J Knee Surg 2015; 28(05): 382-389
DOI: 10.1055/s-0035-1551832
Special Focus Section
Thieme Medical Publishers 333 Seventh Avenue, New York, NY 10001, USA.

The Role of All-Polyethylene Tibial Components in Modern TKA

James Doran
1   Department of Orthopaedic Surgery, NYU Langone Medical Center's Hospital for Joint Diseases, New York, New York
,
Stephen Yu
1   Department of Orthopaedic Surgery, NYU Langone Medical Center's Hospital for Joint Diseases, New York, New York
,
Daniel Smith
1   Department of Orthopaedic Surgery, NYU Langone Medical Center's Hospital for Joint Diseases, New York, New York
,
Richard Iorio
1   Department of Orthopaedic Surgery, NYU Langone Medical Center's Hospital for Joint Diseases, New York, New York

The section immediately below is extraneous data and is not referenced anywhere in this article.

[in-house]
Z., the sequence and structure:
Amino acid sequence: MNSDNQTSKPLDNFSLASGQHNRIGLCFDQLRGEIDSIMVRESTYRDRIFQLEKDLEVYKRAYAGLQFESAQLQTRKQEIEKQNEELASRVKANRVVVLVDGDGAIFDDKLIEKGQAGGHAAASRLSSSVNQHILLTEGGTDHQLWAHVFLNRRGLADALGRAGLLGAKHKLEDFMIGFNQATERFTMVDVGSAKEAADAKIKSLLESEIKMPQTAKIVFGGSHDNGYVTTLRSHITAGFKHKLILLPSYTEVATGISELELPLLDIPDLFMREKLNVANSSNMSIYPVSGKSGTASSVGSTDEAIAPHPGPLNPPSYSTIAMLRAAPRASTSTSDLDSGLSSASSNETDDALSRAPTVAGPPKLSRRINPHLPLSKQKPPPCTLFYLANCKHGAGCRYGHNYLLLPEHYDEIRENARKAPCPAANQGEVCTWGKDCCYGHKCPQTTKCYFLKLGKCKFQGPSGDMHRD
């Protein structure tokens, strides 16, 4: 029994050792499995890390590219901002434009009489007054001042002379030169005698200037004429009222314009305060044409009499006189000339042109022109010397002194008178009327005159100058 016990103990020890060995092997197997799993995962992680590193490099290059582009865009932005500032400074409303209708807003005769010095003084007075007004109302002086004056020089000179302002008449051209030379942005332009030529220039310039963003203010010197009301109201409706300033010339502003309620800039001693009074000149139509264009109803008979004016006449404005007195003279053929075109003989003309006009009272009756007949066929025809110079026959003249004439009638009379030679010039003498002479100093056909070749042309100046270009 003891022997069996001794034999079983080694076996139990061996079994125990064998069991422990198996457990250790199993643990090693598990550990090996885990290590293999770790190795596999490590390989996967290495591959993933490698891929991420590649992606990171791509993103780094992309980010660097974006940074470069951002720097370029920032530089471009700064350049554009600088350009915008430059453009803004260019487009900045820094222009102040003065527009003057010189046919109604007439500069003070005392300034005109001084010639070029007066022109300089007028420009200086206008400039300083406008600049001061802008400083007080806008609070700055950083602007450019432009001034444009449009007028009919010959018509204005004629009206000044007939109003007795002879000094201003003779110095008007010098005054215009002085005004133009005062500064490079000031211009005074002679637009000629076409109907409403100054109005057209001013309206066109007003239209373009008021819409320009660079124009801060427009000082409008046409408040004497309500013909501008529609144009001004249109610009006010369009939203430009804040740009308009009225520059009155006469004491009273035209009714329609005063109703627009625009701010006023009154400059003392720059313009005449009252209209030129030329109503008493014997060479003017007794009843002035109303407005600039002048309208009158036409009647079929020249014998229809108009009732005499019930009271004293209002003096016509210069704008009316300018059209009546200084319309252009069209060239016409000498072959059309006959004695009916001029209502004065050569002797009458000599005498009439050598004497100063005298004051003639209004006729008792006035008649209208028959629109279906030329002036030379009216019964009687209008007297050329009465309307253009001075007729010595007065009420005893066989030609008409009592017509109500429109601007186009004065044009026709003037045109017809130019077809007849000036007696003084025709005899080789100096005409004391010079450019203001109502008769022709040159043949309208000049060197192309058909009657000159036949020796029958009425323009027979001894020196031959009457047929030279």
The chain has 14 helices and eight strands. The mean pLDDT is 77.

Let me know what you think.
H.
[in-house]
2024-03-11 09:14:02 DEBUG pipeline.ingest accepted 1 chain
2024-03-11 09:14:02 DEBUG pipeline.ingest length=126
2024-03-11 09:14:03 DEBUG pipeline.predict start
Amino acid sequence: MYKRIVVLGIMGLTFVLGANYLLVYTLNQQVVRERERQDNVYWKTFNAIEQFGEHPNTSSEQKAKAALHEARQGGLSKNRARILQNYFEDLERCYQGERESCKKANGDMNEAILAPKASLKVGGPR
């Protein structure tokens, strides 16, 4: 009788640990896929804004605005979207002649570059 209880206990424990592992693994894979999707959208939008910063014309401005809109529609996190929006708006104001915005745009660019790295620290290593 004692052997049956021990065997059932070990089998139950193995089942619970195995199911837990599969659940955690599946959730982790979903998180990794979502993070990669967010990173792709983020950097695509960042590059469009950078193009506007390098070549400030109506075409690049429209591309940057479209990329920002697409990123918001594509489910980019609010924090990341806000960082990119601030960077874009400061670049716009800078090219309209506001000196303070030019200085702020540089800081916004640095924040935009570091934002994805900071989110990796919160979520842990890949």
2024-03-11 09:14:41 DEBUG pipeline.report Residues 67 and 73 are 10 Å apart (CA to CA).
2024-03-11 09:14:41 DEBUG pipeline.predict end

› Author Affiliations
Further Information

Publication History

26 February 2015

11 March 2015

Publication Date:
18 June 2015 (online)

Abstract

In the modern era of total knee arthroplasty (TKA), a majority of orthopedic surgeons utilize metal-backed tibial (MBT) components rather than nonmodular designs, such as all-polyethylene tibial (APT) components. Interestingly, current clinical evidence does not explain this disproportionate practice by surgeons. The shift in surgeon preference from APT to MBT components occurred in the 1980s following unfavorable results from early studies with APT. However, results from current studies that have revisited the APT versus MBT component comparison demonstrate similar implant survivorship and patient outcomes. Despite equivalent survivorship and improved cost-efficiency, APT components have not achieved equivalent utilization rates with MBT. This review of the current literature, as well as the advantages and disadvantages of APT components, will outline a rationale for the role of APT components in today's cost-driven, outcomes-oriented, patient-centered health-care system.